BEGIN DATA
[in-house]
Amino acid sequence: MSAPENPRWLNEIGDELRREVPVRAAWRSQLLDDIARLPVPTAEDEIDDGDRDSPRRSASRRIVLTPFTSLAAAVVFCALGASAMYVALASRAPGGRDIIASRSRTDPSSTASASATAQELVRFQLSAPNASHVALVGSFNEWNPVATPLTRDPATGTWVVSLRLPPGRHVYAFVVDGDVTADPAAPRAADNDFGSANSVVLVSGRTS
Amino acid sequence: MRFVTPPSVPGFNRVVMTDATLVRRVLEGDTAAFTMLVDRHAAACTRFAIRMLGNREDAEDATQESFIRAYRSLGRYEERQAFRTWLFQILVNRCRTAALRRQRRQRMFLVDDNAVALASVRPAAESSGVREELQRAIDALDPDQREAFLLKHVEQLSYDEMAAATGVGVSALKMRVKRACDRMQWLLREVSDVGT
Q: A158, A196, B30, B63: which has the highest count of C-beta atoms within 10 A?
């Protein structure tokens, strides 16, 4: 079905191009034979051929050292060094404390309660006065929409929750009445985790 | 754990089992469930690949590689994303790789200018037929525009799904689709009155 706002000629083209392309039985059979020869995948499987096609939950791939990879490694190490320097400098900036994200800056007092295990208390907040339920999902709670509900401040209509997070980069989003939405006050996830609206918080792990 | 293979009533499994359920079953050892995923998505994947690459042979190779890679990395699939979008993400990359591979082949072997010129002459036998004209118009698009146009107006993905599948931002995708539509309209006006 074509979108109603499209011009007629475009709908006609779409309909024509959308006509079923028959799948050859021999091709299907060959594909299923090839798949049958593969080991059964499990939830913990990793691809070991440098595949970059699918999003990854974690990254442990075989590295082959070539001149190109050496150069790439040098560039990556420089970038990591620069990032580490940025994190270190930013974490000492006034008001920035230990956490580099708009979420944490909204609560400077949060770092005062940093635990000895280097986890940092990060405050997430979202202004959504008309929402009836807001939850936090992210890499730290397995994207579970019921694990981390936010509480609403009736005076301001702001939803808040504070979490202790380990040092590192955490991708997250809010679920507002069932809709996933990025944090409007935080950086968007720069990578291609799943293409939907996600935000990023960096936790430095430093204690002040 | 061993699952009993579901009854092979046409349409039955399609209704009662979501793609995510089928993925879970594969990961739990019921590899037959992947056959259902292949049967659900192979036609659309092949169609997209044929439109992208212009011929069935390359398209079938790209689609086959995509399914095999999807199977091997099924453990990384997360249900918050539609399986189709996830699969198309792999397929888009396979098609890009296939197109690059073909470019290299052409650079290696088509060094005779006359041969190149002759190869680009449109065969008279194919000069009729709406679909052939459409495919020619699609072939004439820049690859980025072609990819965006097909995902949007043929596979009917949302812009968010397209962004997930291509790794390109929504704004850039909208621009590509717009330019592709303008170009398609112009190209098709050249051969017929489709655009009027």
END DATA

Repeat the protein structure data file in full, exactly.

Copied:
[in-house]
Amino acid sequence: MSAPENPRWLNEIGDELRREVPVRAAWRSQLLDDIARLPVPTAEDEIDDGDRDSPRRSASRRIVLTPFTSLAAAVVFCALGASAMYVALASRAPGGRDIIASRSRTDPSSTASASATAQELVRFQLSAPNASHVALVGSFNEWNPVATPLTRDPATGTWVVSLRLPPGRHVYAFVVDGDVTADPAAPRAADNDFGSANSVVLVSGRTS
Amino acid sequence: MRFVTPPSVPGFNRVVMTDATLVRRVLEGDTAAFTMLVDRHAAACTRFAIRMLGNREDAEDATQESFIRAYRSLGRYEERQAFRTWLFQILVNRCRTAALRRQRRQRMFLVDDNAVALASVRPAAESSGVREELQRAIDALDPDQREAFLLKHVEQLSYDEMAAATGVGVSALKMRVKRACDRMQWLLREVSDVGT
Q: A158, A196, B30, B63: which has the highest count of C-beta atoms within 10 A?
């Protein structure tokens, strides 16, 4: 079905191009034979051929050292060094404390309660006065929409929750009445985790 | 754990089992469930690949590689994303790789200018037929525009799904689709009155 706002000629083209392309039985059979020869995948499987096609939950791939990879490694190490320097400098900036994200800056007092295990208390907040339920999902709670509900401040209509997070980069989003939405006050996830609206918080792990 | 293979009533499994359920079953050892995923998505994947690459042979190779890679990395699939979008993400990359591979082949072997010129002459036998004209118009698009146009107006993905599948931002995708539509309209006006 074509979108109603499209011009007629475009709908006609779409309909024509959308006509079923028959799948050859021999091709299907060959594909299923090839798949049958593969080991059964499990939830913990990793691809070991440098595949970059699918999003990854974690990254442990075989590295082959070539001149190109050496150069790439040098560039990556420089970038990591620069990032580490940025994190270190930013974490000492006034008001920035230990956490580099708009979420944490909204609560400077949060770092005062940093635990000895280097986890940092990060405050997430979202202004959504008309929402009836807001939850936090992210890499730290397995994207579970019921694990981390936010509480609403009736005076301001702001939803808040504070979490202790380990040092590192955490991708997250809010679920507002069932809709996933990025944090409007935080950086968007720069990578291609799943293409939907996600935000990023960096936790430095430093204690002040 | 061993699952009993579901009854092979046409349409039955399609209704009662979501793609995510089928993925879970594969990961739990019921590899037959992947056959259902292949049967659900192979036609659309092949169609997209044929439109992208212009011929069935390359398209079938790209689609086959995509399914095999999807199977091997099924453990990384997360249900918050539609399986189709996830699969198309792999397929888009396979098609890009296939197109690059073909470019290299052409650079290696088509060094005779006359041969190149002759190869680009449109065969008279194919000069009729709406679909052939459409495919020619699609072939004439820049690859980025072609990819965006097909995902949007043929596979009917949302812009968010397209962004997930291509790794390109929504704004850039909208621009590509717009330019592709303008170009398609112009190209098709050249051969017929489709655009009027």